What if Pagan Festivals are Just Misinterpreted Yearnings for Christian Feast Days?

Jun 24, 2023 | Blog, Essays

It feels like the climate of Mercury outside, only hotter.  The sun is out from practically sunrise to sunset.  And the lightning bugs have started appearing as soon as I tell my kids it’s time for them to go to bed causing long battles that always end with a pre-bed lightning bug hunt.  

These are all harbingers of two seemingly unrelated things.

  • It’s the summer solstice
  • It must be time for Saint John the Baptist’s birthday

            I say seemingly unrelated, because in actuality, they are related in a very beautiful way.

            I know what many neo-pagans are saying.  “Just hold it right there, lady!  You Christians already took the Winter Solstice from us with Jesus’s birthday, we’re not letting you have the Summer Solstice too.”

            To which I would respond, we’re not taking the Summer Solstice from you, it was already ours.  We just didn’t know it until the Incarnation revealed it.  It, too, has an important place in the Story of Salvation as does the Spring Equinox.  

Perhaps we should look at this all from a different perspective.  What if Pagans unwittingly co-opted Christian holidays before Christianity existed in time and then, once Christians came into existence, they only came along and made these special days the holidays that were intended for them?  After all, it was God who made everything.  Why couldn’t he slip some Easter eggs into creation for his little creatures to find once the Incarnation took place?  Saint Augustine said that Christ was the key that unlocked the true meaning of the Old Testament revelation.  “The New is in the Old concealed; the Old is in the New Revealed.”  Who’s to say that the Christ didn’t also unlock deeper meaning to creation itself?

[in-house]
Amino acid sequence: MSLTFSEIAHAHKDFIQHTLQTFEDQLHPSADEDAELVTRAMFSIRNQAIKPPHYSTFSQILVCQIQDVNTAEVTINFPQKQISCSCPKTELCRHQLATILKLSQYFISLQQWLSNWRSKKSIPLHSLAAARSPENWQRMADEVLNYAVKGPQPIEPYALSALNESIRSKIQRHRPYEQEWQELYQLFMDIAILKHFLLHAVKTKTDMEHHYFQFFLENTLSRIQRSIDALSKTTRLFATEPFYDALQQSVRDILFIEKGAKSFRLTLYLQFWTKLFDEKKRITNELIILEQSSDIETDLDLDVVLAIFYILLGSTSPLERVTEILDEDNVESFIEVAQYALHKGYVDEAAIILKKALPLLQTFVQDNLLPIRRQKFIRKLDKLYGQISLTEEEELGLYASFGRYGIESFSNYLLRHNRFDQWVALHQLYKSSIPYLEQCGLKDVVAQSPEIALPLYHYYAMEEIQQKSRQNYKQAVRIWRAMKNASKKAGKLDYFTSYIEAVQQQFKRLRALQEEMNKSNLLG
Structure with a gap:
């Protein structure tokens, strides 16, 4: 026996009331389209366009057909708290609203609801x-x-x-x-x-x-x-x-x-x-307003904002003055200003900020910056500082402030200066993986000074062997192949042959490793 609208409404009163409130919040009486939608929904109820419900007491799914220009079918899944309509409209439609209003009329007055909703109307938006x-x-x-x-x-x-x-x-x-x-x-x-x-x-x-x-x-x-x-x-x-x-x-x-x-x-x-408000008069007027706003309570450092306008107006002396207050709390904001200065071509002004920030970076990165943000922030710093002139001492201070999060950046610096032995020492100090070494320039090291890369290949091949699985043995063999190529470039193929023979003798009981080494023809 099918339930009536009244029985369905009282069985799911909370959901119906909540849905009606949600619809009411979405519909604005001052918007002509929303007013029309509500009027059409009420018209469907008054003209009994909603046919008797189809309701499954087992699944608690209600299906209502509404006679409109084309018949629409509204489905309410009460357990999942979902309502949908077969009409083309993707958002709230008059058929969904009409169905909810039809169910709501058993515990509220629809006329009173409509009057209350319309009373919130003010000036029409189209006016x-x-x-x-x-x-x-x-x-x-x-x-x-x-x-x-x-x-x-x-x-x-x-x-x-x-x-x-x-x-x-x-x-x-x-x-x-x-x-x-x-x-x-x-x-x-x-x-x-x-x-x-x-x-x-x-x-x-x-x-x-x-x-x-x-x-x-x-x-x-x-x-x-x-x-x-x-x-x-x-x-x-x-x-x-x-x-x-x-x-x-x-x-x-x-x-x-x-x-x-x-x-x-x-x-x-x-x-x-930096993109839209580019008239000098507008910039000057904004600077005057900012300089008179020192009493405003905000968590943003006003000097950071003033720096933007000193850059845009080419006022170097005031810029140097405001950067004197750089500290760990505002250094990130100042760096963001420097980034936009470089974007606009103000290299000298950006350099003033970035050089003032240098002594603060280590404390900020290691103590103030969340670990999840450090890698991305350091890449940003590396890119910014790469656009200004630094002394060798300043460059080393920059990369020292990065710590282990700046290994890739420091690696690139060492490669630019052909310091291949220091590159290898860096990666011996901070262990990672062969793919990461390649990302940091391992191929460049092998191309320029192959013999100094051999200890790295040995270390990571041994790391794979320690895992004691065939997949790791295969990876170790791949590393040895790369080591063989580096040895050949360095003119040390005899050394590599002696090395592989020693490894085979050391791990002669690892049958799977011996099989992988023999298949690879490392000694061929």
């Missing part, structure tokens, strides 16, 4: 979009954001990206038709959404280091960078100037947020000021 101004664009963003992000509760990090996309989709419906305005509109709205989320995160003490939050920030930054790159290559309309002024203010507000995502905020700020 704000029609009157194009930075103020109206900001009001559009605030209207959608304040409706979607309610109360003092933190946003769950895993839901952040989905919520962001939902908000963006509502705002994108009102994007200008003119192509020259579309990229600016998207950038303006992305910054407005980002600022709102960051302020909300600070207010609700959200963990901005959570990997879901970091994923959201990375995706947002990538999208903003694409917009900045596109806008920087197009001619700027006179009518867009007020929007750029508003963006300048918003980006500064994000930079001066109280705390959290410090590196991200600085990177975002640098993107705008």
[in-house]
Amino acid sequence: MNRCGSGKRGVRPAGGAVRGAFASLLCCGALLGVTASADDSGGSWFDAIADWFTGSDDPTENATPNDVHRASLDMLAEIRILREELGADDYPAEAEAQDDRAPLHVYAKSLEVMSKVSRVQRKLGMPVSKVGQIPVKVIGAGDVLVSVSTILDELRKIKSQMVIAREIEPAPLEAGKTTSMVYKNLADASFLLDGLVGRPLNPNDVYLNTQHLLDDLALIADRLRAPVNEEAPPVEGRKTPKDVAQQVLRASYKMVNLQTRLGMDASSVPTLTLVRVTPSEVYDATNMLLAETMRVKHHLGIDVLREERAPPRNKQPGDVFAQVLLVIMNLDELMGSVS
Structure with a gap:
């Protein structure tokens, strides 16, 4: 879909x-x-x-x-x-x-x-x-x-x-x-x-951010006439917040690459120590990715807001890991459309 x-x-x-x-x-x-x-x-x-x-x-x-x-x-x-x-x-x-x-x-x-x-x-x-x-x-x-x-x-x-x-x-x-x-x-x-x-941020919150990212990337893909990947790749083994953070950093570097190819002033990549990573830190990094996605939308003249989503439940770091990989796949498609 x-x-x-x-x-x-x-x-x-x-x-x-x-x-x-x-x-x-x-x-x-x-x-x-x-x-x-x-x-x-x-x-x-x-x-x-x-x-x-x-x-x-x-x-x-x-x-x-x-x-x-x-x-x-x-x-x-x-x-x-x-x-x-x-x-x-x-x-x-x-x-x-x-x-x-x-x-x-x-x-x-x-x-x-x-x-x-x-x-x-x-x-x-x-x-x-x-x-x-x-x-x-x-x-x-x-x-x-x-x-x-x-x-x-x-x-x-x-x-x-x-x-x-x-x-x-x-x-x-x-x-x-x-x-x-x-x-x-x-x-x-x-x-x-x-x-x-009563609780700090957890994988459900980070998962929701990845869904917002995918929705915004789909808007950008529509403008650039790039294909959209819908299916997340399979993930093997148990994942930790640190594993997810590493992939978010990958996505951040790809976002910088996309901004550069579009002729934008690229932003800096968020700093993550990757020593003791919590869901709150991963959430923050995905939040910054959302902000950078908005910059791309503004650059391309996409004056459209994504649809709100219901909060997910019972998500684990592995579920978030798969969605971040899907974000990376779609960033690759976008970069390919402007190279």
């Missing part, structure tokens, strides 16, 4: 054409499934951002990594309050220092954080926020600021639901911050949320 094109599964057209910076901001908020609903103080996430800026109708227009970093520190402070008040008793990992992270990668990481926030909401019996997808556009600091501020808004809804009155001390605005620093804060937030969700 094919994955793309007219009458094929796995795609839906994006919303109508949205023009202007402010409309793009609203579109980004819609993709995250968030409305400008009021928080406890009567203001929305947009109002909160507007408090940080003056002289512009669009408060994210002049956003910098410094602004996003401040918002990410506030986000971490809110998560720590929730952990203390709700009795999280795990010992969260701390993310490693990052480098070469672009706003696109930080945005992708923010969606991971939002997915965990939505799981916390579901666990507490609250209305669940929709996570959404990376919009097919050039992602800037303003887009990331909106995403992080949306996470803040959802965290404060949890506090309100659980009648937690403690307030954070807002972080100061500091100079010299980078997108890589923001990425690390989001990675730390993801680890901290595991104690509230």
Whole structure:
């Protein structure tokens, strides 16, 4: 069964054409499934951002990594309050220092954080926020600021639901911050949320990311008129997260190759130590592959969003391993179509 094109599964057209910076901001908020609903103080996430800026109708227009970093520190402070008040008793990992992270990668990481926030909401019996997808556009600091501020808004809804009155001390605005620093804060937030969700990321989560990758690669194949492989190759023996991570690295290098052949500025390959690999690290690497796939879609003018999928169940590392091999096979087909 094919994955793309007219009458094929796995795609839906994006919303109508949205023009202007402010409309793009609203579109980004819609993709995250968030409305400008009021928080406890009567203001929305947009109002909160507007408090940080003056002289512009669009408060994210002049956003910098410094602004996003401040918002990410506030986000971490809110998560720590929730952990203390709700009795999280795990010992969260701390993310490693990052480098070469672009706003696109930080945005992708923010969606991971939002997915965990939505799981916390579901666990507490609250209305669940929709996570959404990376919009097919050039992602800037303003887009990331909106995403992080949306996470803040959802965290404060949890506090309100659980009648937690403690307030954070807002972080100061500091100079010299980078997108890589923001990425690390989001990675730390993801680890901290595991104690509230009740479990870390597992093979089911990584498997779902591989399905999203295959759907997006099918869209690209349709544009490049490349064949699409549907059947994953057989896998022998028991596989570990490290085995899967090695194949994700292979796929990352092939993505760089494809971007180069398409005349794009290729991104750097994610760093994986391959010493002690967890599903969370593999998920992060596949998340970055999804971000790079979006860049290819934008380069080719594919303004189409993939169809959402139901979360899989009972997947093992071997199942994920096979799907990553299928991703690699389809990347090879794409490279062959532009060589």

I read a book last Advent called The True Meaning of Christmas in which it’s author, Michael Barber, pointed out how early Christians saw a connection between the first creation and the new creation that would come through Jesus.  There are many New Testament references to Christ as the sun.  This led the early Christians to see a statement in Malachi as prophesying the coming of the Savior.  “But for you who fear my name the sun of righteousness shall rise, with healing in its wings.” (Malachi 4:2) Seeing God’s son as the new sun helped them decipher when Jesus was conceived.

It was believed that when God separated the day from the night on the first day, that he did it evenly.  Therefore, from that it was deduced that God created the sun on the spring equinox or March 25, the first day of an evenly split day and night.  Ergo, if the sun of the old creation was made on the Spring Equinox, the early Christians saw it fitting that the Sun of Righteousness of the new creation was also conceived on that day.  And then nine months later, we have the birth of Christ on December 25.

But wait, it gets even better.  John the Baptist was conceived by Saint Elizbeth six months before the Annunciation.  The church marks his birth on June 24th, the Summer Solstice.  The Summer Solstice is the longest day of the year and daylight starts decreasing after that day.  Christ was born near the Winter Solstice when daylight starts increasing each day.  So even in creation itself is the famous line of Saint John the Baptist written.  “He must increase, but I must decrease.” (John 3:30)

How cool is that?

So, my neo-pagan detractors can see that these holidays were pregnant with Christian intention.  We just had to wait until God broke into to time to find out about it.

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